Surface rover operations at the polar regions of airless bodies, particularly the Moon, are of particular interest to future NASA science missions such as Resource Prospector. However, polar optical conditions present challenges to conventional imaging techniques, with repercussions to driving, safeguarding and science. Long cast shadows from oblique illumination create large no-go areas and regions of uncertain hazards. The lack of atmospheric scattering gives a chiaroscuro quality of extreme dynamic range. Regolith heiligenschein and solar glare play roles in reducing visual contrast at specific azimuthal angles. No surface rover yet has attempted to operate in these situations and much remains unknown about other optical phenomena or even detrimental combinations of benign effects at the rover scale.
Resource Prospector is currently undertaking an effort to characterize imaging performance in polar conditions for stereo vision and human operation. As appearance is a composition of scene reflectance, geometry and illumination, the key idea is to modulate each of these components in a principled and calibrated way while measuring the results with respect to ground truth. Our novel approach to planetary sensor characterization is two-fold: physical experimentation in an optically relevant analog environment and physics-based rendering of procedurally generated scenes of the Lunar surface. Using both testing environments enables diversity of simulation, test efficiency, and cross-validation of results.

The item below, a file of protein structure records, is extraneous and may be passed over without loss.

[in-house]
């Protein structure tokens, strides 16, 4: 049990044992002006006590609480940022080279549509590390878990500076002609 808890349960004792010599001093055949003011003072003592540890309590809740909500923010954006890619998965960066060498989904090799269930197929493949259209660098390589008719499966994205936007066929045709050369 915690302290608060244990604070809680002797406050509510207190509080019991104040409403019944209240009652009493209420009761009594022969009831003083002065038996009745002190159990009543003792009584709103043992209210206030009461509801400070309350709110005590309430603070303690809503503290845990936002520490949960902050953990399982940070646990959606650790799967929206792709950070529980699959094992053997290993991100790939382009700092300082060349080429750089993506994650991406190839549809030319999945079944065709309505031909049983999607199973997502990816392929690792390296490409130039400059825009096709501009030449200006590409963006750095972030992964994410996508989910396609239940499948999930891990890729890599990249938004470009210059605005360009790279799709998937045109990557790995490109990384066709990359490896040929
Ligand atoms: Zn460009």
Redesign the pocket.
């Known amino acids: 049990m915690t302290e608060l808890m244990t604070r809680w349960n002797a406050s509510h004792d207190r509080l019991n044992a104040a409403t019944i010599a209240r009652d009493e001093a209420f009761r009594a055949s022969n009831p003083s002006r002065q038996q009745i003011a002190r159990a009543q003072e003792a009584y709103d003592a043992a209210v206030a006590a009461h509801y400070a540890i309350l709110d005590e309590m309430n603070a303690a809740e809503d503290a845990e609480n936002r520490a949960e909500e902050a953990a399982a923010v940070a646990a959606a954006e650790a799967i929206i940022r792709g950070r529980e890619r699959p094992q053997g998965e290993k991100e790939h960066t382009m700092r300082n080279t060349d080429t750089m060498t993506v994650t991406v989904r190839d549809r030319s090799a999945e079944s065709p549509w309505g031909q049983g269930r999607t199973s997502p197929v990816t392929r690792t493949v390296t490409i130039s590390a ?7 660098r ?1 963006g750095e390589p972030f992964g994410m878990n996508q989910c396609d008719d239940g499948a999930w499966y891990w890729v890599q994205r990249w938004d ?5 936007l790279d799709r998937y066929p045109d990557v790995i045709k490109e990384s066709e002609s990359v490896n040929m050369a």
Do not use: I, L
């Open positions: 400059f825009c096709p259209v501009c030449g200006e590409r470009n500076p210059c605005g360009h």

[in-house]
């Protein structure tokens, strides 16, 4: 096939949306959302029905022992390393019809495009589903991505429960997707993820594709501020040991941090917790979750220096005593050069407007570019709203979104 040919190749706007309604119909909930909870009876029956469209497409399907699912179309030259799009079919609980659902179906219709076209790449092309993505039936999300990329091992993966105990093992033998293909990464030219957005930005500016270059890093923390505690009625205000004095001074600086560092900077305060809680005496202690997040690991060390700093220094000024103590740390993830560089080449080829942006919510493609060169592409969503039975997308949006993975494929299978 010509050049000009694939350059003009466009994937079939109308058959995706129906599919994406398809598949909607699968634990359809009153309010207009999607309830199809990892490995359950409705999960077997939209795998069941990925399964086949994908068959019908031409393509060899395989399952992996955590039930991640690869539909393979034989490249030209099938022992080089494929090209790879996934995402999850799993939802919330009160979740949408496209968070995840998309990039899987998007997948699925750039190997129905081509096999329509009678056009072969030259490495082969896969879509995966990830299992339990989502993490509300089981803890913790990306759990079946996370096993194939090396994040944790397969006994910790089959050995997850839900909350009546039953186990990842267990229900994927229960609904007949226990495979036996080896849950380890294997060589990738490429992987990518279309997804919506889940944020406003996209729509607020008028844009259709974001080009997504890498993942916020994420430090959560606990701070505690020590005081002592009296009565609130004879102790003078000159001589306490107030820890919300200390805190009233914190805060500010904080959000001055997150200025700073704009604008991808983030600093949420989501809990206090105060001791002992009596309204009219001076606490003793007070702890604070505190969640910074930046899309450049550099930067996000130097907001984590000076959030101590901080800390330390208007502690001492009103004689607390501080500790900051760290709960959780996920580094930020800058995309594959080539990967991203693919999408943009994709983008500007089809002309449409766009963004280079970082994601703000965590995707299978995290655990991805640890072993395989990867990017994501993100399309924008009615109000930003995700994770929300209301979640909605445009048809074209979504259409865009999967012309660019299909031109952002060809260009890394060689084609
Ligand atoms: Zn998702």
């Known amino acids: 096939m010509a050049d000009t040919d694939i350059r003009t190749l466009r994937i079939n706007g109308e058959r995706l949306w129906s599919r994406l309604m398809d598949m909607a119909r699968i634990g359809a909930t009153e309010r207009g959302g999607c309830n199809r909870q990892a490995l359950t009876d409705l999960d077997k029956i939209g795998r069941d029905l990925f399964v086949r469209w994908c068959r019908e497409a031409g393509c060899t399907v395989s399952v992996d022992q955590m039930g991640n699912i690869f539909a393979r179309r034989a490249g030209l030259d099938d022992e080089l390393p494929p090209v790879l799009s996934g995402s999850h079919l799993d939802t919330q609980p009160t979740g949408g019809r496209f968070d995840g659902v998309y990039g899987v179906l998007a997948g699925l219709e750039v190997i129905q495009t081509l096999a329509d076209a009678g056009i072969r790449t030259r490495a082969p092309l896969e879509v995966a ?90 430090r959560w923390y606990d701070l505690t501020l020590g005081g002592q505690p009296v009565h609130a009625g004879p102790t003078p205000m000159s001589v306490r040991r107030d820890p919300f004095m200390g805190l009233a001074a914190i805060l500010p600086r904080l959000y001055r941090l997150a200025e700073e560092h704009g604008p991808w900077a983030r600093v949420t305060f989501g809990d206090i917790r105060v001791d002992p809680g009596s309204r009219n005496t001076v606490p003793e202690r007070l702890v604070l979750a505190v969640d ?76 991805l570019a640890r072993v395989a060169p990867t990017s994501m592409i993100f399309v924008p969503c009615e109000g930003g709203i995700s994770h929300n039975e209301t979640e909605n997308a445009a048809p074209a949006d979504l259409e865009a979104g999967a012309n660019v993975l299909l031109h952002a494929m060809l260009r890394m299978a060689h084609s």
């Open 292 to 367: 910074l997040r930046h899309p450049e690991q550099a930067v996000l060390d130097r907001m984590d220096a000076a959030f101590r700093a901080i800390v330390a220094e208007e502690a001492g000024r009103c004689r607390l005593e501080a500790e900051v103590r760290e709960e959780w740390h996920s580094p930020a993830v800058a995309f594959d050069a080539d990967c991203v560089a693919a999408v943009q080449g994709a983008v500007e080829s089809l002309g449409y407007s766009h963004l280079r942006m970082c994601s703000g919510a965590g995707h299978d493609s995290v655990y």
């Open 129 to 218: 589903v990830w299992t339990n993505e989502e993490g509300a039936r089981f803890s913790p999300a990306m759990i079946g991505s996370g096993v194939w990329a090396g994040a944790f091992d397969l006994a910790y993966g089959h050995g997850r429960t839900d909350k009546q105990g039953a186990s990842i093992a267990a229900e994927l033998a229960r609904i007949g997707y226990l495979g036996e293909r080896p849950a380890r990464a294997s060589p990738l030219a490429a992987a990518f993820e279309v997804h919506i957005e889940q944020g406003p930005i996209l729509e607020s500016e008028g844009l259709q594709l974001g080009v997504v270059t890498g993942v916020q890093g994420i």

For physical testing, we are developing a Lunar Appearance Lab at NASA Ames with the help of SSERVI. Our aim is to reproduce appearance phenomena encountered at the Lunar poles in a controlled laboratory setting. A constellation of near-field, low-angle lighting with relevant color temperature, flux, and apparent solar diameter produces stark shadows and high dynamic range. Both JSC-1A and NU-LHT regolith simulants are being utilized for experimentation. Terrain geometry consisting of rock and crater features pulled from size-frequency distributions in a Monte Carlo manner are realized by hand construction. Additionally, terrain test cases and stereo image pairs are ground truthed with state-of-art survey LIDAR scanning which exhibits superior performance.
Stereo vision is characterized by comparing 3D point clouds from block matching against registered ground truth – whether physical or virtual – using density, accuracy and hazard detection metrics. Preliminary results of this work show that the approach is effective in not only identifying imaging failure cases, but also in providing a big picture statistical view of performance for risk management. With continued work in this area, it may be possible to predict optimal image acquisition parameters even before flying the mission. The extensive catalog of imagery and 3D point clouds acquired thus far is intended to be released in the future as the first planetary robotics stereo dataset.